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AL East Notes: O's re-up McLouth

12/05/2012 5:29 PM ET
By Lou DiPietro

After a two-week stint as a Marlin, Yunel Escobar is back in the AL East.(AP)
The penultimate day of baseball’s Winter Meetings has been a rough one for the Yankees – at least in their search for a short-term replacement for Alex Rodriguez at third base, as 2012 Yankee Eric Chavez and potential target Jeff Keppinger both came off the board.

While reports have come out in the late afternoon that the Yankees have met with the agent of Orioles slugger Mark Reynolds, Wednesday has already brought resolution for a handful of notable players whose removal from the market affects New York in some way.

Inside the AL East, the Baltimore Orioles have reportedly re-signed outfielder Nate McLouth to a one-year deal worth $2 million base and up to $500,000 more in bonuses. After a rough start to 2012 in Pittsburgh, the 31-year-old McLouth joined the Orioles in June and blossomed, hitting .268 with seven home runs, 18 RBI, 35 runs, and 12 steals in 55 games. He became the team’s everyday left fielder down the stretch (and leadoff hitter after Nick Markakis was lost), and went on to hit .318 with a homer and three RBI in the AL Division Series against the Yankees.

The Tampa Bay Rays also made some noise, officially welcoming shortstop Yunel Escobar to the team after acquiring him from the Miami Marlins in a trade late Tuesday night. Escobar hit .253 with nine homers and 51 RBI for Toronto last season, and was sent to Miami two weeks ago as part of the deal that saw the Jays acquire Jose Reyes, Mark Buehrle, and Josh Johnson.

"We believe that he's going to fit in really well in our clubhouse," said Rays executive vice president for baseball operations Andrew Friedman. "It sounds like he's extremely happy about being here, being a Ray, and he knows he's going to be welcomed into our clubhouse. But yeah, I think it's safe to say we did a lot of work on it, talked to a lot of people and felt comfortable that it's a calculated risk on a good player that we feel like can help us and fit in really well in our environment."

In that vein, Friedman also said that he doesn’t believe the shortstop, who was suspended last season for writing derogatory slurs on his eye black, will be a disciplinary problem at all.

"I think he definitely learned a lesson from the eye-black incident," Friedman said. "I think it had a real impact on him and that he feels remorse about it. And the digging that we did — we believe that it was an isolated incident and that nothing of that nature will be a concern going forward, or we wouldn't have acquired him."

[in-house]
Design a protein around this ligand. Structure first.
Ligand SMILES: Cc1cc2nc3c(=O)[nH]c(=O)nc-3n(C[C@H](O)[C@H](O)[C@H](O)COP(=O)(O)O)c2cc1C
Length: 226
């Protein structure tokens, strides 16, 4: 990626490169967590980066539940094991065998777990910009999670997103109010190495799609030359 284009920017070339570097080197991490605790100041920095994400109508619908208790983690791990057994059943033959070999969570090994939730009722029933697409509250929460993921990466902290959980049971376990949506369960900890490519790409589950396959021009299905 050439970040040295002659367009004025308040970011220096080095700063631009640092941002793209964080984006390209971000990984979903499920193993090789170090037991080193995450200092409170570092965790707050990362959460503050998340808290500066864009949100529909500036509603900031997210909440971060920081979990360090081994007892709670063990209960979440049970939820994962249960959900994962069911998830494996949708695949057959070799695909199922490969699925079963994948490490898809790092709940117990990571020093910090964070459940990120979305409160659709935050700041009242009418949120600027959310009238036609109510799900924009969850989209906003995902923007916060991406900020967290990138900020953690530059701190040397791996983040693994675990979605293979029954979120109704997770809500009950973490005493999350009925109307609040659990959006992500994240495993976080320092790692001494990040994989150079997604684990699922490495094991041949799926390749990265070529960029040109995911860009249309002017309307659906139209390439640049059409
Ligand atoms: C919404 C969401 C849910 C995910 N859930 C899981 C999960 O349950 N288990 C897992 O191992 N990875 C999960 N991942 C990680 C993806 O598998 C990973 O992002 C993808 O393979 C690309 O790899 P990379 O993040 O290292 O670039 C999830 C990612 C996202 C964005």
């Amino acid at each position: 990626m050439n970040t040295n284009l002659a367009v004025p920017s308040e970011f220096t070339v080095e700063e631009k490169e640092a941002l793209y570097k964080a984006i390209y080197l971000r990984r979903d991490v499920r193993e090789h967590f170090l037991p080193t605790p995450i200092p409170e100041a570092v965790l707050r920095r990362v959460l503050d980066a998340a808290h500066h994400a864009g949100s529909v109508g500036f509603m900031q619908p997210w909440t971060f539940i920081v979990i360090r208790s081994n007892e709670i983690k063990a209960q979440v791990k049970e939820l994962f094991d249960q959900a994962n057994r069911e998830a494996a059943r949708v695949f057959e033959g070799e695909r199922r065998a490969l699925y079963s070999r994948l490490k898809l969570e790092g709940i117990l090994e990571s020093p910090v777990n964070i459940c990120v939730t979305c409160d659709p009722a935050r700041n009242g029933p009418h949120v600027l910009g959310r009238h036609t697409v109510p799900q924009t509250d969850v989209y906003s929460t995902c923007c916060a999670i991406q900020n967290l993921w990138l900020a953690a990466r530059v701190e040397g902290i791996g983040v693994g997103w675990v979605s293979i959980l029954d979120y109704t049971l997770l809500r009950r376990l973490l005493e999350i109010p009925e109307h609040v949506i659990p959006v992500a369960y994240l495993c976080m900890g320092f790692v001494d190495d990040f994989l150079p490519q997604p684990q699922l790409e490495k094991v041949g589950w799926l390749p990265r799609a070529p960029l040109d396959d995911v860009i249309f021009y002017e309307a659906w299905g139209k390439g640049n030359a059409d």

In terms of former Yankees, reliever Randy Choate reportedly has a new home, agreeing to a deal with the St. Louis Cardinals that WFAN's Sweeny Murti reports is a three-year, $7.5 million pact. Choate, 37, posted a 3.03 ERA in 38 2/3 innings for the Marlins and Dodgers last season, and has limited lefties to a .201 average over his 12-year career. Choate began that career in New York, pitching for the Yankees from 2000-03 and going 3-2 with a 4.43 ERA in 91 total appearances before being sent to Montreal in the Javier Vazquez deal in December 2003.

And as for other New Yorkers, Jason Bay is close to officially “officially” being gone from the Big Apple, as CBSSports.com insider Jon Heyman reports that Bay has agreed to a one-year deal with the Seattle Mariners. According to Heyman, the deal is pending a physical but is close to being finalized as of Wednesday afternoon, and whatever the terms are will be deducted from the $21 million the Mets owe him after releasing him from his contract a year early.

Bay was a disappointment in Queens, struggling with injuries in his three years with the Mets and posting a .234-26-124 total line in 288 games. He batted just .165 with eight homers and 20 RBI in 70 games in 2012, and the 34-year-old will certainly hope to be rejuvenated by a fresh start elsewhere.

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